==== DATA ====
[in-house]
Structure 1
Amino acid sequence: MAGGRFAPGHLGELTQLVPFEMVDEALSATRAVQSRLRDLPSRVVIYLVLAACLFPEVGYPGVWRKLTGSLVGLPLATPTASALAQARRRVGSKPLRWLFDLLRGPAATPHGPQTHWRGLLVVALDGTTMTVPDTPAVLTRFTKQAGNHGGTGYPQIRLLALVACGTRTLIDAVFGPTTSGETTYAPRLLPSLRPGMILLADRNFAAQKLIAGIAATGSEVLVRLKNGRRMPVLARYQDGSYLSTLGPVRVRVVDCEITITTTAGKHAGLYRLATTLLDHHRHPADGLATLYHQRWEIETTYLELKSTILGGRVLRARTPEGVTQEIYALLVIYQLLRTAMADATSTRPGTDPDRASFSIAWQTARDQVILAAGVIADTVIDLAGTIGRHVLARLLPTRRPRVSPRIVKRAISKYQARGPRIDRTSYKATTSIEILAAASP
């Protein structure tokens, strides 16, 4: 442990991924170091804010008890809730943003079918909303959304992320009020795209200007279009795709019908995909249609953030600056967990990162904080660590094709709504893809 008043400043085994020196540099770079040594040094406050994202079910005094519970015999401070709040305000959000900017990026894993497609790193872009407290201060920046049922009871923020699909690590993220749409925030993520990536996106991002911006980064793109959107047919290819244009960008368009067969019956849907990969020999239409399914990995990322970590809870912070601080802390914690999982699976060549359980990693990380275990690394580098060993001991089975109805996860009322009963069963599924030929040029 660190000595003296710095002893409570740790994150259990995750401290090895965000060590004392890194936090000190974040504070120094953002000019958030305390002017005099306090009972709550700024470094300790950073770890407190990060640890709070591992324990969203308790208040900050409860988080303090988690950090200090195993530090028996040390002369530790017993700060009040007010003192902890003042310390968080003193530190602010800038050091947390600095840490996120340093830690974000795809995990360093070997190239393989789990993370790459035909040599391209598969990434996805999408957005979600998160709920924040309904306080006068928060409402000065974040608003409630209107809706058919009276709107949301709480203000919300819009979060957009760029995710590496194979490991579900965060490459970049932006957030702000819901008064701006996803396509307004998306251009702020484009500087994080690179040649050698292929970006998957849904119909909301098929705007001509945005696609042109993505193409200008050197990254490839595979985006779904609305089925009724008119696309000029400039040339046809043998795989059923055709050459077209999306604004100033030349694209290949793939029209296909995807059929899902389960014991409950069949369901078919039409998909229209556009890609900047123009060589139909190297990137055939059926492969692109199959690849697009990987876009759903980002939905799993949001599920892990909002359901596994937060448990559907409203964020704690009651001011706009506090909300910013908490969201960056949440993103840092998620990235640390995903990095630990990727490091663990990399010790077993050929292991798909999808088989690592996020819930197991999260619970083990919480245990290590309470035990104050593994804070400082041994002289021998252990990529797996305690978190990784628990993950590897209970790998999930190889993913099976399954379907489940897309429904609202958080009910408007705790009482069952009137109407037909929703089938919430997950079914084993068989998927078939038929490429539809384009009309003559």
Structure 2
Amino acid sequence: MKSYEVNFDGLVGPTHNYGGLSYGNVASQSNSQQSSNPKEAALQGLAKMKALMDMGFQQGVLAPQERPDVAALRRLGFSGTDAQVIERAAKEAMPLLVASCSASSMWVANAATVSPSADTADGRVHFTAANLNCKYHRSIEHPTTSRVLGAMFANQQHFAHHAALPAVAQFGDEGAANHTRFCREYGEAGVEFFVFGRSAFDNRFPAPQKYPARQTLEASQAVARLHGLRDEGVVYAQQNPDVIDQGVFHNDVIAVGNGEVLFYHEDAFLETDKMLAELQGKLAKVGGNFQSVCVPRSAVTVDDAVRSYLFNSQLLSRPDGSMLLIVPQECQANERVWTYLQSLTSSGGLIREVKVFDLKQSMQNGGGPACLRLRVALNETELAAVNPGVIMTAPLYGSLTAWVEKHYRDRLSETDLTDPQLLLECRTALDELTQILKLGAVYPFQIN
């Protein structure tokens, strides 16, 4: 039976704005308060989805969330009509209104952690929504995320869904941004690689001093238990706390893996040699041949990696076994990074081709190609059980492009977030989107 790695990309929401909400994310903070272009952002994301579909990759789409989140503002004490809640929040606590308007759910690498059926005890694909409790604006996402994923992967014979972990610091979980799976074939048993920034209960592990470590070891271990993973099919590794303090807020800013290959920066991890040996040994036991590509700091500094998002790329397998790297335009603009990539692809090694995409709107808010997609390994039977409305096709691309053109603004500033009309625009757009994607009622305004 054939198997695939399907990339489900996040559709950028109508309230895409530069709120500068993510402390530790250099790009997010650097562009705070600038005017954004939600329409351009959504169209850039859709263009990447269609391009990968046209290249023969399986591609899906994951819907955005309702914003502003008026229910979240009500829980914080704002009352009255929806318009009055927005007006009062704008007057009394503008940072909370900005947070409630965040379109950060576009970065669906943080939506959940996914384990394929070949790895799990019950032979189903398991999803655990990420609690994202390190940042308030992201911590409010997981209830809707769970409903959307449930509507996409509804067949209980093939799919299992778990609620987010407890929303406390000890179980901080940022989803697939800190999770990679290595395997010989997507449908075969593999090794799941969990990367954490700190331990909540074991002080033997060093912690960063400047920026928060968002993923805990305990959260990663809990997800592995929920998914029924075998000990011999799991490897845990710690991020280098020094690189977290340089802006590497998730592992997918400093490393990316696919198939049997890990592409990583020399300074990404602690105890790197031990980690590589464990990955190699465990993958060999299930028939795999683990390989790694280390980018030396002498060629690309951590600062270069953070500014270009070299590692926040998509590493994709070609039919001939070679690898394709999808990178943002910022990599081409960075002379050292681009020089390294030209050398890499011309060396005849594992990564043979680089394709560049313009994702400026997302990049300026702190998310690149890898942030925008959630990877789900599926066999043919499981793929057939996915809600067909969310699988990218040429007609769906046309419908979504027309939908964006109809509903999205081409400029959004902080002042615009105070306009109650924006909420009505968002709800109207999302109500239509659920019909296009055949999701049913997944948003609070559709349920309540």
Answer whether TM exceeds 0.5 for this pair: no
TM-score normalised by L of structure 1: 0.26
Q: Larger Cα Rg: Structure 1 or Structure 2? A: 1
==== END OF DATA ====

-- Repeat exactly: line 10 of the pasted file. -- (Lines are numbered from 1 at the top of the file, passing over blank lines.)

Q: Larger Cα Rg: Structure 1 or Structure 2? A: 1